Shim slowly wiped the corners of his mouth with a paper napkin before telling Joshua that genteel cyclists like us do not hold the triathlete, nor his triathlon with much esteem. Or something like that. You know, Shim.

At any rate, I really wasn't paying much attention to their conversation. I had more important things at hand, like assembling the perfect ratio of cabbage to radishes on a neat row of chicken tacos.

"But Brady does Tris," Joshua countered.


"Excuse me?" I said. My clumsy hand knocked a saucy chunk of chicken to the ground. Damn.

"You're a triathlete, right?"


It's funny how a little time can change one's perspective. Five years ago, I would have proudly backed up Joshua's assertion. While I never went so far as to get one of those stupid M-DOT vinyl stickers for my car's rear window, I still would have labeled myself as a triathlete.

But not anymore. Since then, I suppose I've become an elite cyclist snob. I realized that the moment Josh asked me if I was a triathlete.

Even more, I've grown a strong aversion toward that label, triathlete. I wanted nothing of it. It was as if he asked me if I had herpes or something.

Now I have nothing against those who use triathlons as a motivator to get fit. I applaud whatever it takes to make it work for you. Keep at it. Seriously.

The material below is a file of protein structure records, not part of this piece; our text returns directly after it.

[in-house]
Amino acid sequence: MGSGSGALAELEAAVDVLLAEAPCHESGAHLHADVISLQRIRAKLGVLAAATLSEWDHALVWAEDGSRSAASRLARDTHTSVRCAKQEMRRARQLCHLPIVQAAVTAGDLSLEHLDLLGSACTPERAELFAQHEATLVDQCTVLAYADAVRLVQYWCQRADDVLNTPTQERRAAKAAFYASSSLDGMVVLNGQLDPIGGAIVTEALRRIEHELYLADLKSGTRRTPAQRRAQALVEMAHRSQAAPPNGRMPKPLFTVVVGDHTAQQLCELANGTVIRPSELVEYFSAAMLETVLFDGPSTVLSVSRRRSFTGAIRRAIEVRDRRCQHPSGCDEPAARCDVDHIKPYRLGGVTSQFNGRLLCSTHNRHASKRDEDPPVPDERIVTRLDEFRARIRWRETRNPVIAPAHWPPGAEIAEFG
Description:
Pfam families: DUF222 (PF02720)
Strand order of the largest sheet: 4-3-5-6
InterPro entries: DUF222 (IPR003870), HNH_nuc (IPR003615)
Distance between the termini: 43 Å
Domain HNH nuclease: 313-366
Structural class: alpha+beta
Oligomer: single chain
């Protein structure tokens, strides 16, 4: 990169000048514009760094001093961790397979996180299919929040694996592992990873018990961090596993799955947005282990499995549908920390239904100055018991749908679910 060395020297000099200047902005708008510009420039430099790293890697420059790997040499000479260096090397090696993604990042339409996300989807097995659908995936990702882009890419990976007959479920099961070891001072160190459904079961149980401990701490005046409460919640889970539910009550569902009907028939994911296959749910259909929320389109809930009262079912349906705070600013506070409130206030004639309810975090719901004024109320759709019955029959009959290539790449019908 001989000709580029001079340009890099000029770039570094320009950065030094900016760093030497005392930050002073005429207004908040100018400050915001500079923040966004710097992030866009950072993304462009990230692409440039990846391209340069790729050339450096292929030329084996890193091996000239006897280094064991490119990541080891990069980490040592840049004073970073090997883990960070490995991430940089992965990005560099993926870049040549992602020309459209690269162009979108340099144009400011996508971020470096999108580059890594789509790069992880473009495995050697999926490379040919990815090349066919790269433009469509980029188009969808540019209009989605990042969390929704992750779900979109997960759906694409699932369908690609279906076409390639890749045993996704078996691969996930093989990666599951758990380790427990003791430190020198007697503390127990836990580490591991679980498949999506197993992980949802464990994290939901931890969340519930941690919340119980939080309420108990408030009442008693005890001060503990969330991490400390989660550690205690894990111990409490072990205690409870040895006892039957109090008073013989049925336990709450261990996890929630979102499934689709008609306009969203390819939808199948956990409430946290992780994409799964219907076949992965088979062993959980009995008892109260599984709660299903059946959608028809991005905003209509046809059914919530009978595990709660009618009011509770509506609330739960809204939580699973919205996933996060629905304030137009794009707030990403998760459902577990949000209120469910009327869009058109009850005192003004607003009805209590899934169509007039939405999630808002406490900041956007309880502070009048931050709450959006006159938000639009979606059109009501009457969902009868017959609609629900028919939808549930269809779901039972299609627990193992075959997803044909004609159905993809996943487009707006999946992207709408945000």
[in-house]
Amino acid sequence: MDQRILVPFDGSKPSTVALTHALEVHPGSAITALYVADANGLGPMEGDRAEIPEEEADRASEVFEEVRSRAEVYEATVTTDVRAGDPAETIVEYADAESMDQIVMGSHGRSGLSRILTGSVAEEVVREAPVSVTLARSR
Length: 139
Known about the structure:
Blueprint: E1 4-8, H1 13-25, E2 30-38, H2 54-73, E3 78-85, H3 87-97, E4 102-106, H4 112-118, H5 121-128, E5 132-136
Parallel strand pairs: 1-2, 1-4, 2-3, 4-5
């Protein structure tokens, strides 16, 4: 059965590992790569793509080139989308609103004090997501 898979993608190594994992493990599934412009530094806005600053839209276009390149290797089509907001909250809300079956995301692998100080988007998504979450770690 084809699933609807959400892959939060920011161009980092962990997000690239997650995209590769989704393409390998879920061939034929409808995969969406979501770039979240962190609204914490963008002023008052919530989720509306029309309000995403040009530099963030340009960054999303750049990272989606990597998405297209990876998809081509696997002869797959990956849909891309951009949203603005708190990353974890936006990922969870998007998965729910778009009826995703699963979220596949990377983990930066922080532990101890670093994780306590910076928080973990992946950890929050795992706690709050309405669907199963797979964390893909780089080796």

But it's just not for me anymore. My issues with triathlons basically are twofold:
1) Race fees start at $50 for local races; Ironman entry fees are $650. That's no typo.
2) See rule #42

Oh wait, three-fold: 3) "Tri" and M-DOT must go away. Now.

I suppose I'm a purist.

It's true that I still swim. I do masters swim workouts on average about four times a week. It's also true that I competed at the Masters Nationals swimming meet last year.

And I still run. Not much anymore, but I'm not adverse to lacing up if time for a workout is short, or to jump in and do some intervals at the track. I also competed in a 10K last fall.

You know that I cycle.

Yet do the sum of these parts make me a triathlete? Eessh. How about a multi-sport athlete?

I suppose multi-sport is better. Perhaps even cross-over athlete. Indeed, these are much better than being referred to as that tri guy.

Friday, June 14, 2013

BM on BM

Near the end of a very intense ride this past Wednesday night, the group finally caught a breather on the river front trail that connects the OPPD power plant south of the Mormon Bridge to the Eppley Airport service road. It was during this time that I made the mistake of letting down my guard. I was chatting and bee-bopping along, not really paying attention to the trail. The wind was gusty, blowing the tall grass across the path, basically constricting the bike path's visibility to about half of what it normally is. When I looked up the path, a rider was bearing down at 12 o'clock. Like right on top of me. Crap. I shifted my weight and swerved right, just barely avoiding the head-on collision. The swerve to the right was thick, causing me to over-correct back into the path of rider as he was passing. It all happened so quickly. We collided, shoulder to shoulder. THUD! Kind of like the a deep base "boots" sound of boots and cats. It was a hard impact. Fortunately, we managed to ride through the collision without eating shit. That includes the riders behind me.